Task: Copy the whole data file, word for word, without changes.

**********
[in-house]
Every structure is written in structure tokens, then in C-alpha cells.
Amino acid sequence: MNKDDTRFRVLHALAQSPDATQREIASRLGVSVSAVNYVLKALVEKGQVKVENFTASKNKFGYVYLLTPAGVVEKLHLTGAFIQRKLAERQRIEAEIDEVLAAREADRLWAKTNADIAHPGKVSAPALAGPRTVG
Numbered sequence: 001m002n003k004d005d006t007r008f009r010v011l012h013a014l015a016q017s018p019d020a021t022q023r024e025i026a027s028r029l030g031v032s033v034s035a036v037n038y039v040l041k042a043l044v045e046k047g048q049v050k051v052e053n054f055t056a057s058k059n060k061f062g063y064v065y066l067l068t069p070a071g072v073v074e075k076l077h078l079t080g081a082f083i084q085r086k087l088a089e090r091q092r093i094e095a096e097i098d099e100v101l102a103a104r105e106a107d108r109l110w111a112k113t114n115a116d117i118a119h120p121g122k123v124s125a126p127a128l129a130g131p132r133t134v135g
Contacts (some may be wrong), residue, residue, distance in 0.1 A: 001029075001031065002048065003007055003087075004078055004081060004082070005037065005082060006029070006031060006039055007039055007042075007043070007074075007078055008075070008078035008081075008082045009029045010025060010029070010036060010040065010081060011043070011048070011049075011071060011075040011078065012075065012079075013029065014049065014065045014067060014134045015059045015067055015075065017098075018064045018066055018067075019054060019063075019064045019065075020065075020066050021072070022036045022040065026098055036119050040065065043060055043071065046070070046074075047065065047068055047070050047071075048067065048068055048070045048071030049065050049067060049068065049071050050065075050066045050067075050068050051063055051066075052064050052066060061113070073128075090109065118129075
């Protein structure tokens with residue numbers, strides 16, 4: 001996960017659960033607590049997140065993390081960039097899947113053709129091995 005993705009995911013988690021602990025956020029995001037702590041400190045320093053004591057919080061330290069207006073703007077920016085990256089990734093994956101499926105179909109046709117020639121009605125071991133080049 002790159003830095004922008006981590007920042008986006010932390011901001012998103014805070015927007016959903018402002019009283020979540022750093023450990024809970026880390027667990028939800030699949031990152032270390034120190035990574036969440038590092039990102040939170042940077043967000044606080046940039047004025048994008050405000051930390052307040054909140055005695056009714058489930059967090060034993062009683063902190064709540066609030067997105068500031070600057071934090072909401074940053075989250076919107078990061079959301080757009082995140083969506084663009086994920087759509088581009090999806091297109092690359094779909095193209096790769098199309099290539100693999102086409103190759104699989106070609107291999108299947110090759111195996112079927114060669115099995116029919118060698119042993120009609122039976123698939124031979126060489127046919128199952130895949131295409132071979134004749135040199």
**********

[in-house]
Every structure is written in structure tokens, then in C-alpha cells.
Amino acid sequence: MNKDDTRFRVLHALAQSPDATQREIASRLGVSVSAVNYVLKALVEKGQVKVENFTASKNKFGYVYLLTPAGVVEKLHLTGAFIQRKLAERQRIEAEIDEVLAAREADRLWAKTNADIAHPGKVSAPALAGPRTVG
Numbered sequence: 001m002n003k004d005d006t007r008f009r010v011l012h013a014l015a016q017s018p019d020a021t022q023r024e025i026a027s028r029l030g031v032s033v034s035a036v037n038y039v040l041k042a043l044v045e046k047g048q049v050k051v052e053n054f055t056a057s058k059n060k061f062g063y064v065y066l067l068t069p070a071g072v073v074e075k076l077h078l079t080g081a082f083i084q085r086k087l088a089e090r091q092r093i094e095a096e097i098d099e100v101l102a103a104r105e106a107d108r109l110w111a112k113t114n115a116d117i118a119h120p121g122k123v124s125a126p127a128l129a130g131p132r133t134v135g
Contacts (some may be wrong), residue, residue, distance in 0.1 A: 001029075001031065002048065003007055003087075004078055004081060004082070005037065005082060006029070006031060006039055007039055007042075007043070007074075007078055008075070008078035008081075008082045009029045010025060010029070010036060010040065010081060011043070011048070011049075011071060011075040011078065012075065012079075013029065014049065014065045014067060014134045015059045015067055015075065017098075018064045018066055018067075019054060019063075019064045019065075020065075020066050021072070022036045022040065026098055036119050040065065043060055043071065046070070046074075047065065047068055047070050047071075048067065048068055048070045048071030049065050049067060049068065049071050050065075050066045050067075050068050051063055051066075052064050052066060061113070073128075090109065118129075
């Protein structure tokens with residue numbers, strides 16, 4: 001996960017659960033607590049997140065993390081960039097899947113053709129091995 005993705009995911013988690021602990025956020029995001037702590041400190045320093053004591057919080061330290069207006073703007077920016085990256089990734093994956101499926105179909109046709117020639121009605125071991133080049 002790159003830095004922008006981590007920042008986006010932390011901001012998103014805070015927007016959903018402002019009283020979540022750093023450990024809970026880390027667990028939800030699949031990152032270390034120190035990574036969440038590092039990102040939170042940077043967000044606080046940039047004025048994008050405000051930390052307040054909140055005695056009714058489930059967090060034993062009683063902190064709540066609030067997105068500031070600057071934090072909401074940053075989250076919107078990061079959301080757009082995140083969506084663009086994920087759509088581009090999806091297109092690359094779909095193209096790769098199309099290539100693999102086409103190759104699989106070609107291999108299947110090759111195996112079927114060669115099995116029919118060698119042993120009609122039976123698939124031979126060489127046919128199952130895949131295409132071979134004749135040199």